Isaiah 44:6 says: “Thus saith the Lord the King of Israel, and his redeemer the Lord of hosts; I am the first, and I am the last; and beside me there is no God.”
Revelation 1:17 says: “And when I saw him, I fell at his feet as dead. And he laid his right hand upon me, saying unto me, Fear not; I am the first and the last:”
Along this same line of thought concerning the oneness of God and Christ, some people have misunderstood Isaiah 44:6 and Revelation 1:17 where the Bible uses the term “the first and the last.”
Jesus did not end his conversation at Revelation 1:7. In the next verse, he went on to say, “I am he that liveth, and was dead; and, behold, I am alive for evermore (v. 18).” Jesus used the term again when he spoke to the church at Smyrna. He said, “These things saith the first and the last, which was dead, and is alive(Revelation 2:8).” Jesus said that he, “the first and the last,” was dead. If he was the one and only God, he could not have died, for the Bible says in1 Timothy 6:16 that God cannot die.
Therefore, we must conclude that the person speaking in Isaiah 44:6 is someone other than Jesus Christ. There are other titles and names in the Bible that are shared by both the Father and the Son, and the title, “the first and the last” is one of these titles.
Let us go back to Isaiah 44:6 and find out who is speaking. The speaker says, “beside me there is no God,” and in verse 8, he says, “Is there a God beside me? yea, there is no God; I know not any.” This is very precise language to indicate that the speaker is alone. All of the pronouns are singular, indicating that only one person is speaking. Who is this one person? TheNew Testament clarifies this.
In 1 Corinthians 8:4, Paul wrote, “we know… that there is none other God but one.” And to make it abundantly clear who he was referring to when he spoke of the God beside which there is none other, Paul also wrote “to us there is but one God, the Father (v. 6).” Paul understood the one God of the Bible to be God the Father and no one else.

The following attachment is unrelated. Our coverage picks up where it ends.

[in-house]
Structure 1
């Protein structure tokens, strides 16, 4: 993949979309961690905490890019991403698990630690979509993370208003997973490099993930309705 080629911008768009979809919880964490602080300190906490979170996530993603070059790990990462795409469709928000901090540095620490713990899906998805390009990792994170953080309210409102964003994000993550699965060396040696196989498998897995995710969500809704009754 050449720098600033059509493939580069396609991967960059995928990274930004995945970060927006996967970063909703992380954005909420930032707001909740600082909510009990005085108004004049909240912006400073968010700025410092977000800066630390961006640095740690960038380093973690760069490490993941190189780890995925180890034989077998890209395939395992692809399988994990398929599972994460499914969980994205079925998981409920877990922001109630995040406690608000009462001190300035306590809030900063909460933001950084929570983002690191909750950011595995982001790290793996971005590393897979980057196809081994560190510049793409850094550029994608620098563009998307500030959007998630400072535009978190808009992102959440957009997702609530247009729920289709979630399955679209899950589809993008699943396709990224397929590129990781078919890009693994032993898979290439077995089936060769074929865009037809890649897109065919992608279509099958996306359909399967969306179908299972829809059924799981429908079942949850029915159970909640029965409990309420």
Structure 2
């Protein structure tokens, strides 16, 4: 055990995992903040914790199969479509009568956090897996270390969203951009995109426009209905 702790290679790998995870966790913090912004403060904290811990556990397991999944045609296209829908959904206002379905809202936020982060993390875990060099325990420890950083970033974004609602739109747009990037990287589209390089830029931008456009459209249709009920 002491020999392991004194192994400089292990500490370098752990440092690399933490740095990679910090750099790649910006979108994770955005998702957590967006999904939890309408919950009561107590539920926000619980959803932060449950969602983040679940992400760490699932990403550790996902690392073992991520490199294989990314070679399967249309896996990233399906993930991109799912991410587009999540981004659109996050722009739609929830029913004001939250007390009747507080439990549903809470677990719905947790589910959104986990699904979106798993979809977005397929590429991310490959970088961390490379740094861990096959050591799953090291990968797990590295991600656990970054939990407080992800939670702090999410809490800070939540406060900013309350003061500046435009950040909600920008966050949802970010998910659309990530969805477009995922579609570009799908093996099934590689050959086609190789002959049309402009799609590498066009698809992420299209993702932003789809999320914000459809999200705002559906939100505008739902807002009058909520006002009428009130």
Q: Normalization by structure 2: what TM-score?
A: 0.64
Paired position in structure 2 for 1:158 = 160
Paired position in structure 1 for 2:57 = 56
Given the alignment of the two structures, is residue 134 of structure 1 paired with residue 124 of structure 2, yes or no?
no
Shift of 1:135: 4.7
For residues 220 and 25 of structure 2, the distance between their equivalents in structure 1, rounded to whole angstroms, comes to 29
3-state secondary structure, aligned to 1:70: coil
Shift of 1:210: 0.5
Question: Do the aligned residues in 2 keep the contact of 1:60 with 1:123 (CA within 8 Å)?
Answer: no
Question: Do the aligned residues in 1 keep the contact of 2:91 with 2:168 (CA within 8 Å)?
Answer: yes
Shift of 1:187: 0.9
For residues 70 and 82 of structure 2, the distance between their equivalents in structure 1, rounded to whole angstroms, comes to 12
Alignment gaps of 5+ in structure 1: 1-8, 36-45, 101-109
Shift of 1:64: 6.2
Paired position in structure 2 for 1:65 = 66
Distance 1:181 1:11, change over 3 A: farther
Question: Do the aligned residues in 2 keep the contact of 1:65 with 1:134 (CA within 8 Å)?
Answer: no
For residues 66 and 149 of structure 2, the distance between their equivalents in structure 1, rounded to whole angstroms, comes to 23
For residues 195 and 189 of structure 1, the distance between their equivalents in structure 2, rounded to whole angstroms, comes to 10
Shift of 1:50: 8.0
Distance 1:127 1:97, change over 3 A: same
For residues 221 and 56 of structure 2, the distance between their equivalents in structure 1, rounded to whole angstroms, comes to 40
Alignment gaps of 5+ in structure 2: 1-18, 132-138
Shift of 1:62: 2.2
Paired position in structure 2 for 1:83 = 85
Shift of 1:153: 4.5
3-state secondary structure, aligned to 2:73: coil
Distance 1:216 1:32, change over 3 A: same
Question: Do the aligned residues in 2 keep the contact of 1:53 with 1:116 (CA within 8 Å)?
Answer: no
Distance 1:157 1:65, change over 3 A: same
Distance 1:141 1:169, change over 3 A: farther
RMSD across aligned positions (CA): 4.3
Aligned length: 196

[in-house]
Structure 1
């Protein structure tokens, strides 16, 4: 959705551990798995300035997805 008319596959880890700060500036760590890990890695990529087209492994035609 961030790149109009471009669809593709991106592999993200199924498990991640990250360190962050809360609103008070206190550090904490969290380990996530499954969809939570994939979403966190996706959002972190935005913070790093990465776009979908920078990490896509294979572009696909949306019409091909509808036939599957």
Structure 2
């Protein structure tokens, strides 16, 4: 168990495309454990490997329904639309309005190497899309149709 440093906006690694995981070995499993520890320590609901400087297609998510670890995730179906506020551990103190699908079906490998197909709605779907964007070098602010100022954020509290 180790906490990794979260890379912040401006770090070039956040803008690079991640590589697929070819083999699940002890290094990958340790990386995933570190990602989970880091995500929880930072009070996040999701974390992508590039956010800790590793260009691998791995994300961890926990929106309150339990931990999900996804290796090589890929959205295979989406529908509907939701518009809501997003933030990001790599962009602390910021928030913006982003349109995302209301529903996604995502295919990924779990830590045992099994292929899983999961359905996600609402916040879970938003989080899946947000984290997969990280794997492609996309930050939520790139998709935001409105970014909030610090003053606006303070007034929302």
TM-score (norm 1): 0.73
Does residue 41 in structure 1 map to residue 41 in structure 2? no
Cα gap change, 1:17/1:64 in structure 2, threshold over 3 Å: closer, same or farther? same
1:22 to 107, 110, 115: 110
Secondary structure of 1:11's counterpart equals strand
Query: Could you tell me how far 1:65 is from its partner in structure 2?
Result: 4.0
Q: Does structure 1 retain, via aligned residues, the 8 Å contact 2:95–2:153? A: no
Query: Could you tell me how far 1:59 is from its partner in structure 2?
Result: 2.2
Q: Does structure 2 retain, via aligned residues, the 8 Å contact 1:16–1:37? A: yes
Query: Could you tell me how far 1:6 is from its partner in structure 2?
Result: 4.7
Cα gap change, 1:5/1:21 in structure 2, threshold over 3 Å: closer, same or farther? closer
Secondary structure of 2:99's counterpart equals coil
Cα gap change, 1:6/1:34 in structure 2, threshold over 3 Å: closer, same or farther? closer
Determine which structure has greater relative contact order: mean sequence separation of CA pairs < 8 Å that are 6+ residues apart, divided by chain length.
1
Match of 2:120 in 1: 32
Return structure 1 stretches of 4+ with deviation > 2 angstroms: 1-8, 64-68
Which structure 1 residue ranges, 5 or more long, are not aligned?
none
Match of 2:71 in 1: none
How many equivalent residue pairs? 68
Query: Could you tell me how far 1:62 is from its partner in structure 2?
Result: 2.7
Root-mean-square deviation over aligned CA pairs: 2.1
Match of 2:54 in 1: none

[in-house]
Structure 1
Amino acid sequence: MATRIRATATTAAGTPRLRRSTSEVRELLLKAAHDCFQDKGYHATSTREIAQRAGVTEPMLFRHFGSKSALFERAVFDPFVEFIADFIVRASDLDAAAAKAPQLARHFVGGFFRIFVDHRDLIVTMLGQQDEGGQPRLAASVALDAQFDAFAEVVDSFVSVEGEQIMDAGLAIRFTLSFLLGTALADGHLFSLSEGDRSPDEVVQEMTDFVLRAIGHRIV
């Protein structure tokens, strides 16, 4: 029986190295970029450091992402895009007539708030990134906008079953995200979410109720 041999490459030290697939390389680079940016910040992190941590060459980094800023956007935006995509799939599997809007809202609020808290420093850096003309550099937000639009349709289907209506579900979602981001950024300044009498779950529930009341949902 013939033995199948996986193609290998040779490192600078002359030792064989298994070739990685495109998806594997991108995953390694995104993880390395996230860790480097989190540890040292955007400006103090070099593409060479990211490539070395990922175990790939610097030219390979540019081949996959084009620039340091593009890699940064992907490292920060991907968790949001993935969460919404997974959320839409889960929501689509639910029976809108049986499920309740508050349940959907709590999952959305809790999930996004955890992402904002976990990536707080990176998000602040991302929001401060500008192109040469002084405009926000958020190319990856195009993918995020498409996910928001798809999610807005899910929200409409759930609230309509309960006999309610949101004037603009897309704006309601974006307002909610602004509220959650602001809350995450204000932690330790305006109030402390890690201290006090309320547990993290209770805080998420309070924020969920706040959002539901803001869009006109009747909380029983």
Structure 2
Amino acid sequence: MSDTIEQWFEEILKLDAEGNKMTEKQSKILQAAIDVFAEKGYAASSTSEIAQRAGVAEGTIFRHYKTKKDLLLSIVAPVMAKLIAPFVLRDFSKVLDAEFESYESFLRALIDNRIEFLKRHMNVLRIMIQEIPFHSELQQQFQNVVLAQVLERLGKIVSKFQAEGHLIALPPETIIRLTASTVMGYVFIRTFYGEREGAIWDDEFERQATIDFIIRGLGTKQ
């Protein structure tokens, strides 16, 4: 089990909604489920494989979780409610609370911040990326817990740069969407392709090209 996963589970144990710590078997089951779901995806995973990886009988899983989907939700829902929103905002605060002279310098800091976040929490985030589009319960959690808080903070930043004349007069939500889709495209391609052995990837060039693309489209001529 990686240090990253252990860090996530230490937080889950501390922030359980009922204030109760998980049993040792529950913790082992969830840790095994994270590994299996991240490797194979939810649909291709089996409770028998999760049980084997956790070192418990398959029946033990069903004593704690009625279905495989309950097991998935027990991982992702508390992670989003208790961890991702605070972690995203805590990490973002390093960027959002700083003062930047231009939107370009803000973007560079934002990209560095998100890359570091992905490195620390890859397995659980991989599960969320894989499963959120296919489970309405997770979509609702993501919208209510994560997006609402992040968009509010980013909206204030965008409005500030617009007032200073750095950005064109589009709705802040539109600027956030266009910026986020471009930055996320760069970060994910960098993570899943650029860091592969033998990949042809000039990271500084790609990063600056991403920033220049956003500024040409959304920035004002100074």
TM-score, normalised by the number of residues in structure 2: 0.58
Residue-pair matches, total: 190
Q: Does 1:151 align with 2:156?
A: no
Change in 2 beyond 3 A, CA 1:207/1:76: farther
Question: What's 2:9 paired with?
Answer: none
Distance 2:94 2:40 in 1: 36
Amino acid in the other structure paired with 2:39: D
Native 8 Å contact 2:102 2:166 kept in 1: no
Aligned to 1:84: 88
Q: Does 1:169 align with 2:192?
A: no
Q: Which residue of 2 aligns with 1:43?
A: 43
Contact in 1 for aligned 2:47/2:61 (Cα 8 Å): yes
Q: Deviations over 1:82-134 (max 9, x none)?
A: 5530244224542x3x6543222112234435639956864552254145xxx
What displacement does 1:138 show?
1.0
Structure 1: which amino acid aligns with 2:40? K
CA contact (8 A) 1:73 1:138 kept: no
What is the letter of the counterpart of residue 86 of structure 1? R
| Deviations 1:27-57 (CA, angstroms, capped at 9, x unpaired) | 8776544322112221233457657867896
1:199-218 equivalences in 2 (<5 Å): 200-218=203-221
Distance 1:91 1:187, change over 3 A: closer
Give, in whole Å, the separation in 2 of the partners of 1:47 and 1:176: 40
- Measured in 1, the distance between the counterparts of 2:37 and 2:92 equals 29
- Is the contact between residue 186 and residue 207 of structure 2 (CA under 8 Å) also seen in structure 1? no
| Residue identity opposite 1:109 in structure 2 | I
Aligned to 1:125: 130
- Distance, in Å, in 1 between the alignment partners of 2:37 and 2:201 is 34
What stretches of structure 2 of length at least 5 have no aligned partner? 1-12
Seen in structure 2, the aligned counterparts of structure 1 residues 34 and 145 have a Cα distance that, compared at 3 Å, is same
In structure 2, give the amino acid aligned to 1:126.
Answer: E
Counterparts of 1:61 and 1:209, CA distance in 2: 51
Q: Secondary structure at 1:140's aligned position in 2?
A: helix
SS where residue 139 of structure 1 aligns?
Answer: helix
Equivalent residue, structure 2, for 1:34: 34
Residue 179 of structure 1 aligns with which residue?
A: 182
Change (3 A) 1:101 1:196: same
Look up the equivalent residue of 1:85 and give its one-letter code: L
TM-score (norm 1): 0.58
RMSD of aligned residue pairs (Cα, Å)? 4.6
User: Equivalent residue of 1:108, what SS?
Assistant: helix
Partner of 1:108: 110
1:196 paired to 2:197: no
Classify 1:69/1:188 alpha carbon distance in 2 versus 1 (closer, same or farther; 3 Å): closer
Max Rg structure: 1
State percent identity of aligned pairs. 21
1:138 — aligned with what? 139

Jesus had the same understanding. After Jesus quoted Deuteronomy 6:4, the scribe told him, “Well, Master, thou hast said the truth: for there is one God; and there is none other but he (Mark 12:32).” Who is the one God the scribe was referring to? Was he referring to Jesus as the one God? Certainly not! He was referring to God the Father and Jesus knew it.
At another time, while Jesus was talking to the scribes and Pharisees, he said, “If I honour myself, my honour is nothing: it is my Father that honoureth me; of whom ye say, that he is your God (John 8:54).” Jesus knew that when the scribes and Pharisees said “God,” they were referring to his Father. When this scribe said, “there is one God; and there is none other but he,” Jesus knew that he was talking about his Father.
Jesus did not correct the scribe by saying, “You are wrong, I am really the one God of the Bible.” Not at all! To the contrary, the Bible says that Jesus saw that he answered discreetly or wisely (Mark 12:34). Jesus knew that this man was correct, that there is one God, the Father, and there is none other God but him.
Every time singular pronouns are used of God or Christ such as “he,” “him,” “his,” “I,” “me,” etc., they always refer to one person. Whenever a Bible writer wanted to speak of both the Father and Son, they always use plural pronouns like, “them,” “they,” “us,” “we,” “our,” etc. So far, I have not found any exceptions to this rule. When the scribe said, “there is one God; and there is none other but he,” the scribe was referring to only one person, God the Father.
With this clarification from the New Testament, we can be completely sure who is speaking in Isaiah 44:6. He is God the Father and no one else. He is the ultimate first and last, even though he allowed his Son to carry this title as well.
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